Skip navigation
× You have 2 more free articles available this month. Subscribe today.

$800,000 Awarded to Wrongly Convicted Tennessee Man

After maintaining his innocence for 22 years, Clark McMillan was released from prison after DNA evidence cleared him of raping a 16 year-old in 1980. McMillan was released from a Tennessee prison in 2002 after DNA testing revealed a former Memphis resident serving time in Texas for rape had committed the crime McMillan was convicted of.

McMillan was convicted after the victim identified him in a police line up. Throughout his imprisonment, McMillan maintained his innocence. His challenges to the line up were unsuccessful.

Gov. Phil Bredesen exonerated McMillan in August 31, 2004, after unanimous recommendation of the State Board of Probation and Parole for the exoneration. As a result, the criminal records are expunged and McMillan's full citizenship rights are restored. It's as much a cleaning of the slate as the legal process affords," said Rob Briley, the Nashville attorney representing McMillan. After the exoneration, the State Board of Claims made a unanimous decision to make its first award for wrongful imprisonment in two decades. Briley sought the maximum allowable award of $1 million. You can never put a dollar figure on what he's been through," said Briley.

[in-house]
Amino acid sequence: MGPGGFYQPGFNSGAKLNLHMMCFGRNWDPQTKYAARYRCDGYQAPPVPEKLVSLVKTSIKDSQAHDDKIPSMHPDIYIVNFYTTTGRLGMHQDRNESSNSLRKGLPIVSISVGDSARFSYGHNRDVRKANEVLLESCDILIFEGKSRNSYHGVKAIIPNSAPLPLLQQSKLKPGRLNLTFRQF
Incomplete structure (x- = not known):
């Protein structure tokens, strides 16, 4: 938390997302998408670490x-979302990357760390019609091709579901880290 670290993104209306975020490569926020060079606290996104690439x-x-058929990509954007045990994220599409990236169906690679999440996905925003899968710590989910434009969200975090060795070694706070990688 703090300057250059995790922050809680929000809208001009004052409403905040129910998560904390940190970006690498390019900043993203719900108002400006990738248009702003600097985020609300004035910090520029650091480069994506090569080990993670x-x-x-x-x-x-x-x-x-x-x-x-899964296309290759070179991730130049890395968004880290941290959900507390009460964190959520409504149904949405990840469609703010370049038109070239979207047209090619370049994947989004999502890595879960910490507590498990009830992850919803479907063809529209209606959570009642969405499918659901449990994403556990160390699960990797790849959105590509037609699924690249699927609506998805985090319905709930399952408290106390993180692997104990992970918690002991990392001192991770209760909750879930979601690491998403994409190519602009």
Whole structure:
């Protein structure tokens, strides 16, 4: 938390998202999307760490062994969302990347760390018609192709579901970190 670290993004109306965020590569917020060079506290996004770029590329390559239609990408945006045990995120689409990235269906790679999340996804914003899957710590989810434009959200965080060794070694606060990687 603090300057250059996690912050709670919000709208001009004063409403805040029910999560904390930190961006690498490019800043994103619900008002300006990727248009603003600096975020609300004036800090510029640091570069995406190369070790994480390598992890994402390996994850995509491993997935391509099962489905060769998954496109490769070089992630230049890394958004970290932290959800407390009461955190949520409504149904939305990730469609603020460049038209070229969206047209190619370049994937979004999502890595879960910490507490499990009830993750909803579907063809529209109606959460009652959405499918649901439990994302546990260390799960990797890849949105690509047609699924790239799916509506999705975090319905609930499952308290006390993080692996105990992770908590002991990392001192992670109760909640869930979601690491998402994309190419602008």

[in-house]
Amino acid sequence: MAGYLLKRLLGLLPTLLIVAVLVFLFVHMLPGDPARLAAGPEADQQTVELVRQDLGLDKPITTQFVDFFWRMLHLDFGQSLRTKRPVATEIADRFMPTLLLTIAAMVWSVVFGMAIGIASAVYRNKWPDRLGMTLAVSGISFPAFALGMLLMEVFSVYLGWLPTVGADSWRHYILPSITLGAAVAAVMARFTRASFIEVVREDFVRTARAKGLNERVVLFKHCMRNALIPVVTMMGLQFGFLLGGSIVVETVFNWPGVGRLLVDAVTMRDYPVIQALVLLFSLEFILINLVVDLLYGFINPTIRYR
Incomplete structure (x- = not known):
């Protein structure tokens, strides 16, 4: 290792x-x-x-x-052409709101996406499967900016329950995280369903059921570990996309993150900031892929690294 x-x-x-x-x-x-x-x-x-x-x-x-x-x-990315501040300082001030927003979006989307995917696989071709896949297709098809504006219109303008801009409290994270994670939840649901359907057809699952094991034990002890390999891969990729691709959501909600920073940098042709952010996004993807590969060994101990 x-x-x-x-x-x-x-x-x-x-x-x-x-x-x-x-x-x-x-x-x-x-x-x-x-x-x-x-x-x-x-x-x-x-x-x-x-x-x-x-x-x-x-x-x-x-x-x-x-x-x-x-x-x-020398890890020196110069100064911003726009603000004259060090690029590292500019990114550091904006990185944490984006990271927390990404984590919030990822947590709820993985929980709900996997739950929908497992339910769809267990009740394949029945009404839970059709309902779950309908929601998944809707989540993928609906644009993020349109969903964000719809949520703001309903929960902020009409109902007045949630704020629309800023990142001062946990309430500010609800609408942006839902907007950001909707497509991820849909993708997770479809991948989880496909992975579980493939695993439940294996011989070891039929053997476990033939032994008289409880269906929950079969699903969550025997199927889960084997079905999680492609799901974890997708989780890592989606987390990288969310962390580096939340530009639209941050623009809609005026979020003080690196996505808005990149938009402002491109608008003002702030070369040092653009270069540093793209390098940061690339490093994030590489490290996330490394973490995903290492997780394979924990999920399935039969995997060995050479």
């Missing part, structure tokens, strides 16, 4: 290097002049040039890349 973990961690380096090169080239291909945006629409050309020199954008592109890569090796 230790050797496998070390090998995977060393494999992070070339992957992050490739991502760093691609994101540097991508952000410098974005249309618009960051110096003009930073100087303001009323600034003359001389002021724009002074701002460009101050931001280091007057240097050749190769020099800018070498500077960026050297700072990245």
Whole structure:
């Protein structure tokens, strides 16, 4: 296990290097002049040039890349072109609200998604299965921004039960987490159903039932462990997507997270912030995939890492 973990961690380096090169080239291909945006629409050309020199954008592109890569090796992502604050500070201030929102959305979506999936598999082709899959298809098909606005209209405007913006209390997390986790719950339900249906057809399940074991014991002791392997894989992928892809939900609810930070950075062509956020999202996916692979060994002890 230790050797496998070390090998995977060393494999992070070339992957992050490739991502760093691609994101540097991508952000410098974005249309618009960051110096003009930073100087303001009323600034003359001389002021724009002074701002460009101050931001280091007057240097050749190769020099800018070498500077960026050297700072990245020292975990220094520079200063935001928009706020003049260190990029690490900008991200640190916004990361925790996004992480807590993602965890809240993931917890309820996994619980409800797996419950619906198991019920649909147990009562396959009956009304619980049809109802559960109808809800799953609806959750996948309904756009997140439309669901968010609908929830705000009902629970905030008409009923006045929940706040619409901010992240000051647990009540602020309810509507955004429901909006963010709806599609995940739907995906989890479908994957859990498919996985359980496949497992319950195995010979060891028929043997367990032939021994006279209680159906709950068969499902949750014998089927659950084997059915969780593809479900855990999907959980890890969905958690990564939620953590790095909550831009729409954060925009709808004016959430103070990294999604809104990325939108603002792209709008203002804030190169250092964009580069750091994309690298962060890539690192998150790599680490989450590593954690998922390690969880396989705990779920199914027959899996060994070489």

The Board of Claims based its award of $832,456 on McMillan's earning potential. Assuming McMillan, who had limited education and job skills, earned minimum wage at 40 hours a week, his lost wages would total $185,000. The Board then calculated a pain and suffering award by multiplying that total by 3.5 and added the $185,000 to that amount.

While Shelby County District Attorney Bill Gibbons did not oppose the exoneration, he tried to dispute the award by telling the Board of Claims his office did not pursue three charges of aggravated rape, five burglary charges, and four charges of robbery with a deadly weapon after McMillan's 1980 conviction.

McMillan received a lump-sum payment of $250,000. The rest of the money will be put in an annuity that draws dividends. After McMillan's death, the annuity is assigned to his designated heirs. Of particular merit is the work of Briley, who represented McMillan for no charge and will receive no money for his time or costs.

Sources: The Tennessean; Associated Press.

As a digital subscriber to Prison Legal News, you can access full text and downloads for this and other premium content.

Subscribe today

Already a subscriber? Login

Related legal case